All the best

Paul
Attached Files
File Type: pdf V72_N09_P417_433_A106.pdf (413.8 KB, 26 views)
File Type: pdf V81_N10_P484_491_A128.pdf (291.1 KB, 17 views)
File Type: pdf V101_N9_2_21.pdf (13.68 MB, 18 views)
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Old Sunday 21st October 2018, 15:03   #305
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Shame you can't get them as audio books, Paul, then you can do both!
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Old Sunday 21st October 2018, 15:32   #306
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Yep, Sooty Shear still possible; also, look out for Little Auk
I must say that I am fascinated by the fact that Little Auk indeed is on the Polish list. Sadly, unlike the Czech RC, the Polish one doesn't have a handy overview of numbers for rarities so I have no idea how many times it has actually appeared (since even the "normal" Auks are quite rare here).
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Old Sunday 21st October 2018, 17:34   #307
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I must say that I am fascinated by the fact that Little Auk indeed is on the Polish list. Sadly, unlike the Czech RC, the Polish one doesn't have a handy overview of numbers for rarities so I have no idea how many times it has actually appeared (since even the "normal" Auks are quite rare here).
Hope you get lucky!
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Old Sunday 21st October 2018, 18:34   #308
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I’m of the Callum catbird persuasion. A catbird reaching here will be one from the north I imagine, northern populations being more migratory and possibly with that, having physiological features making them more able to do the long crossing. Of course there is the possibility that it’s a northern bird that’s been caught up in Michael when refuelling in Florida.

I don’t think there’s much that turns up on the Azores that couldn’t get here on the right system, especially a good strong late August/early September low.
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Old Sunday 21st October 2018, 19:20   #309
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My support for Michael as the Catbird's catapult is based partly on a correlation between a rather rare weather event (PRBrash in litt) producing an exceptionally rare bird. We might have to read Nisbet 1963 to understand the proposed mechanism of 'reversed migration' leading to displacement of 'more southerly-distributed species' hinted at by Elkins above. I can't right now, cos I'm off to the pub. I think I've looked in the index of my BBi before and been unable to find it. A quick look at the Cape Clear Catbird of November 1986 fails to reveal the synoptic conditions at the time, though it does note a Chimney Swift (which I saw) turned up on Scilly next day.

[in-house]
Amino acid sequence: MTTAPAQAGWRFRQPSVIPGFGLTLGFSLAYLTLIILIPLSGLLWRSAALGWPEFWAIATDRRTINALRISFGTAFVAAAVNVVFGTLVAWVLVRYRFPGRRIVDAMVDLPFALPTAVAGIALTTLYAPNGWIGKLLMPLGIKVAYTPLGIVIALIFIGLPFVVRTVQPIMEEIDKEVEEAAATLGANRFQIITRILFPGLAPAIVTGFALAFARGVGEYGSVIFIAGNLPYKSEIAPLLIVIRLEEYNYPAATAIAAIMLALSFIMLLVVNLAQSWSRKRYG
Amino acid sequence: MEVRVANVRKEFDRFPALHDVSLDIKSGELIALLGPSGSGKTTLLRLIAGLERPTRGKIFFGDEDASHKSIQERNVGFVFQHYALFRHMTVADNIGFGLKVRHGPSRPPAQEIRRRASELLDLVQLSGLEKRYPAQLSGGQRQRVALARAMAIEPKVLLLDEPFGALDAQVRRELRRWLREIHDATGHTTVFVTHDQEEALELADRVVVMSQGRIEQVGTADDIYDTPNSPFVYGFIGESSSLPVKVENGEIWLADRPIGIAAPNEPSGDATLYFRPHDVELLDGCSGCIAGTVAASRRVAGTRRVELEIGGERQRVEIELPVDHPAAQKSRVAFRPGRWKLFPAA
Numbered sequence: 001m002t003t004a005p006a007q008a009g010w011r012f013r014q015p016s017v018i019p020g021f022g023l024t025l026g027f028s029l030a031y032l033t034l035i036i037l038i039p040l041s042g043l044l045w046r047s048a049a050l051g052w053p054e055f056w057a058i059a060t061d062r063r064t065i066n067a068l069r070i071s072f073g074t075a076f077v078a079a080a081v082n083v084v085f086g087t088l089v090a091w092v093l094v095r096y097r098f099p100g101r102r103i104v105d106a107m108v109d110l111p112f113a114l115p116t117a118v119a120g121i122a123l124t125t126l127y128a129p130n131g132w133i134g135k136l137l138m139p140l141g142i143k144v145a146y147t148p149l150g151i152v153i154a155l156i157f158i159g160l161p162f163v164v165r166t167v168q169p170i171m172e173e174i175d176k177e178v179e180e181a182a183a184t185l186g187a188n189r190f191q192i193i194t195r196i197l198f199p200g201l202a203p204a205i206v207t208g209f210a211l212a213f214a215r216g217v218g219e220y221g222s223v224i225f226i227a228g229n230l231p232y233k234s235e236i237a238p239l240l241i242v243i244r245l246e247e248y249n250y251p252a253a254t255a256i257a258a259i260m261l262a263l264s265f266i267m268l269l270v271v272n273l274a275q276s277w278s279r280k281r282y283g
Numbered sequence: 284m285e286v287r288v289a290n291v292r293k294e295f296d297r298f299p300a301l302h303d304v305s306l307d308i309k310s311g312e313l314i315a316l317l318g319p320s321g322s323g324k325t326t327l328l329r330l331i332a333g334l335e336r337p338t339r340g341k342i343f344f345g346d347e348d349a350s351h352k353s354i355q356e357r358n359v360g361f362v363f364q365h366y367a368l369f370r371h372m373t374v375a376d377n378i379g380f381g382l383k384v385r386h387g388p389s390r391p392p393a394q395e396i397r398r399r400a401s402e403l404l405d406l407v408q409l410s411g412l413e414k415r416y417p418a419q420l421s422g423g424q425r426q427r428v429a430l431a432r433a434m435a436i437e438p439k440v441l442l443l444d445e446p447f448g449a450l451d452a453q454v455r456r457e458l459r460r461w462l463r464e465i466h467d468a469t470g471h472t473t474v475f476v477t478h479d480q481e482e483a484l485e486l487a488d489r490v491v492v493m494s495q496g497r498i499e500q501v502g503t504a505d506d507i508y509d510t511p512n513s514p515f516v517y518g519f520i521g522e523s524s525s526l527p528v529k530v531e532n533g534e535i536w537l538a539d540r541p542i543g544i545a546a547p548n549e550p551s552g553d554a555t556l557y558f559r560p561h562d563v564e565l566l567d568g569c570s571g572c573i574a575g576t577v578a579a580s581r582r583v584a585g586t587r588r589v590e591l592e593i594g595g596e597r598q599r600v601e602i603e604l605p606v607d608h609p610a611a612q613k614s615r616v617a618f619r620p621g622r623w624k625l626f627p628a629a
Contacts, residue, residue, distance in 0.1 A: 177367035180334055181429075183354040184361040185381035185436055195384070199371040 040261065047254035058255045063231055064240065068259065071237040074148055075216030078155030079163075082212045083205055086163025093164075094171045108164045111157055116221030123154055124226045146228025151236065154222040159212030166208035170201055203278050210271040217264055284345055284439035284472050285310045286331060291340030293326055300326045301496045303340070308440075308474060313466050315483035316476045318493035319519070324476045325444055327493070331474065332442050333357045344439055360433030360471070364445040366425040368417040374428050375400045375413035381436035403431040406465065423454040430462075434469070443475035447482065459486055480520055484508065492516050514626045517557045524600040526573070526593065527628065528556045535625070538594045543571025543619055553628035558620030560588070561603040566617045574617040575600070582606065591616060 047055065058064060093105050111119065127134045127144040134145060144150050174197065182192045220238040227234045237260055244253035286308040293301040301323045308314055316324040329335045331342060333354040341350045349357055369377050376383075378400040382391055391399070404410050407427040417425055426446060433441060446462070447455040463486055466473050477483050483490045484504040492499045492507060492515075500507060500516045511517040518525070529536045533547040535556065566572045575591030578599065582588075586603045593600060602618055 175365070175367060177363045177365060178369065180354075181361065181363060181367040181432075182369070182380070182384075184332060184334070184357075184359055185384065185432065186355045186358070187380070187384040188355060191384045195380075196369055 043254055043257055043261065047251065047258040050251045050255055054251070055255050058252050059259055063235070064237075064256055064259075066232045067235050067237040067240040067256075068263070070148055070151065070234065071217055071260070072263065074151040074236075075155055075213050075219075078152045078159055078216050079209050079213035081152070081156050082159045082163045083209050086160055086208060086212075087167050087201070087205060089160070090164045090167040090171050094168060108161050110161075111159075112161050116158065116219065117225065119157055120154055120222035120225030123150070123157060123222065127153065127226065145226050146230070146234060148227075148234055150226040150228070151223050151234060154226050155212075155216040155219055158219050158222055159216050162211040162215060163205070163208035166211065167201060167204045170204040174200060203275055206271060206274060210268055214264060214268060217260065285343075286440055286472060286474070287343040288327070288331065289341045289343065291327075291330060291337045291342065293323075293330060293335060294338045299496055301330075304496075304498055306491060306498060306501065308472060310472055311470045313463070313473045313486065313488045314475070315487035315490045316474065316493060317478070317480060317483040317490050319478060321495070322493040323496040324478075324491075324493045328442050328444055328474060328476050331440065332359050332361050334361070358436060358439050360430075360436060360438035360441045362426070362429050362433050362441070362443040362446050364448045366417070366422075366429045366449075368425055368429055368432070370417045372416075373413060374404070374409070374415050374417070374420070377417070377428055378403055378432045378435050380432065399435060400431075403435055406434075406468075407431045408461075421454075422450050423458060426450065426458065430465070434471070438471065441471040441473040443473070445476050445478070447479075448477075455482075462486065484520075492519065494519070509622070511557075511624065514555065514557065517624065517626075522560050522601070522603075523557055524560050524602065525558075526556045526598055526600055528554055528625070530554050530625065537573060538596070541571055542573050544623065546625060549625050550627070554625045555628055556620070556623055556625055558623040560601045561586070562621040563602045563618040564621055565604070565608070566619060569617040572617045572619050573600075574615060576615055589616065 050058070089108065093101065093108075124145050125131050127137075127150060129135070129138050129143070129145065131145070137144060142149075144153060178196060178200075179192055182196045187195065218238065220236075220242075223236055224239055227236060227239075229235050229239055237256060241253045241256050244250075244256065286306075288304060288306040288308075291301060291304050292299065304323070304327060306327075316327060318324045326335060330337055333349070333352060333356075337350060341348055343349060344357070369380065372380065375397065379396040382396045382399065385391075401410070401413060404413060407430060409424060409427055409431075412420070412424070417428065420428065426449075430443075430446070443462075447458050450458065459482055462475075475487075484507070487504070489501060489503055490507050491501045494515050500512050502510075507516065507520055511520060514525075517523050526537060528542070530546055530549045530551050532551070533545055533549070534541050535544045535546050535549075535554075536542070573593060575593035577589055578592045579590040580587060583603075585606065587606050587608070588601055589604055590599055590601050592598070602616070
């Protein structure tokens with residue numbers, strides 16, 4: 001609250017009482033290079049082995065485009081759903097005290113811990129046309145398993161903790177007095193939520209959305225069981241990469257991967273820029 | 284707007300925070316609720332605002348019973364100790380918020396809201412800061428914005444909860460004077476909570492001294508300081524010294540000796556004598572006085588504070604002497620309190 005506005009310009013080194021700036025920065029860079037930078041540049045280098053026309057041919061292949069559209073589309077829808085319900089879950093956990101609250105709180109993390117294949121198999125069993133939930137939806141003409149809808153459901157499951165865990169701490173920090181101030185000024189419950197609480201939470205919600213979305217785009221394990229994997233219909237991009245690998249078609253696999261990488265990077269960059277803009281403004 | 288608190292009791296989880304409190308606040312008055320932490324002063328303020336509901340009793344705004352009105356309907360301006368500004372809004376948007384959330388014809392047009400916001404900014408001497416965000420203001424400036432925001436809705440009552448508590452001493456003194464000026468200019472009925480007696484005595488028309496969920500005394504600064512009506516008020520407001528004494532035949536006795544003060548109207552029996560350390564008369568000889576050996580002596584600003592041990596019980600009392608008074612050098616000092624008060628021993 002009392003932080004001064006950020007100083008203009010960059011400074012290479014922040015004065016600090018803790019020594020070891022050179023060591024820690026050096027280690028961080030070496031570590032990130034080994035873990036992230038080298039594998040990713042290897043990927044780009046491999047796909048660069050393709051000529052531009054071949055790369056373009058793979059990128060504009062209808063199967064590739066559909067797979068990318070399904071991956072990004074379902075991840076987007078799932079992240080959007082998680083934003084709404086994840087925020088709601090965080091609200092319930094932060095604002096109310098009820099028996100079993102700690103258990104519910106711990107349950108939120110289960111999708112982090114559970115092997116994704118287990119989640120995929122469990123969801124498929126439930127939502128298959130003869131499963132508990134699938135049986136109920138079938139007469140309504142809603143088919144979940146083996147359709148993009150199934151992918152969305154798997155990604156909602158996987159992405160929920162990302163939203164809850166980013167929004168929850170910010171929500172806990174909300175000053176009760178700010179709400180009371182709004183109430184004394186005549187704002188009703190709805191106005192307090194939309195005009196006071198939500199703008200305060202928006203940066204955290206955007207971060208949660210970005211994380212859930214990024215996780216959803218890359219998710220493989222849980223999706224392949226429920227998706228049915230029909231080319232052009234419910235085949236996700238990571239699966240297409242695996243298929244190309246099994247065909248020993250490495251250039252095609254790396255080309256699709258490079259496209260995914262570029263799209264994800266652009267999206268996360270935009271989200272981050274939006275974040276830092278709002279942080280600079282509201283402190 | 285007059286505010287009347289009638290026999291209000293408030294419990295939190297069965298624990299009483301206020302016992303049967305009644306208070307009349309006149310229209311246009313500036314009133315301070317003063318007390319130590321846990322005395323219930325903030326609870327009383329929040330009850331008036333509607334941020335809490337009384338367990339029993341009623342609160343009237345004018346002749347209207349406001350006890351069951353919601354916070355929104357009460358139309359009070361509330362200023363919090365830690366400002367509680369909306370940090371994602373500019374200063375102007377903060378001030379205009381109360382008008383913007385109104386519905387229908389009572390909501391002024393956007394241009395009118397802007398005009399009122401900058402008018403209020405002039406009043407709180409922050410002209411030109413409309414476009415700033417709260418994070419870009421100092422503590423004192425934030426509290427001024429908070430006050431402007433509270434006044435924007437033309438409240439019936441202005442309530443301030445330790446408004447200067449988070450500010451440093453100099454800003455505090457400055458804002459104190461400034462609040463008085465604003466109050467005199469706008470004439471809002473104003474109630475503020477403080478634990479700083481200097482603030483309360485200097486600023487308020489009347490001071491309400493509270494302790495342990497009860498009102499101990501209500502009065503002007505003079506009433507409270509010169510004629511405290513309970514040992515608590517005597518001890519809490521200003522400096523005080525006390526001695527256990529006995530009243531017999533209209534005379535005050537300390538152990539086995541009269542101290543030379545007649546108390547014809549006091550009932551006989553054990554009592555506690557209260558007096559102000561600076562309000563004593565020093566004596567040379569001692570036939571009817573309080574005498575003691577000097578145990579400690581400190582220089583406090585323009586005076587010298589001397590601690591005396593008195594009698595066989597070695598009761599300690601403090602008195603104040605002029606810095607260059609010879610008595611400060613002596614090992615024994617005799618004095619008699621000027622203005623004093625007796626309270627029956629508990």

At its closest juncture, just before it turned south, at midnight on the day the Catbird was found, remnants of Michael were more or less directly in line with the tip of south-west Ireland heading towards the Bay of Biscay. Sixteen hours later the bird was found and half an hour after that a Bobolink flew over St Mary's. As noted earlier, the rainfall and poor visibility associated with Callum was so heavy and so prolonged, I couldn't see Tresco a mile across the water, for at least thirty-six hours.

If only dear old Frank Muir were still alive to hold up his cards at the end of this discussion and reveal whether true or bluff.
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Old Sunday 21st October 2018, 20:12   #310
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I’m of the Callum catbird persuasion. A catbird reaching here will be one from the north I imagine, northern populations being more migratory and possibly with that, having physiological features making them more able to do the long crossing. Of course there is the possibility that it’s a northern bird that’s been caught up in Michael when refuelling in Florida.

I don’t think there’s much that couldn’t get here on the right system.
Since the kingbird in Ireland I am not willing to entertain theories that propose that some birds are capable of crossing the Atlantic with weather assistance and some, not.

I've fixed your last sentence for you.

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Old Yesterday, 08:30   #311
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Yes, the Polish Baltic coast & neighbouring states should be good for sea-watching Tues & Weds - but as this storm drifts SE don't forget to look for passerines in the aftermath
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Old Yesterday, 14:56   #312
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*Snip*A quick look at the Cape Clear Catbird of November 1986 fails to reveal the synoptic conditions at the time, though it does note a Chimney Swift (which I saw) turned up on Scilly next day.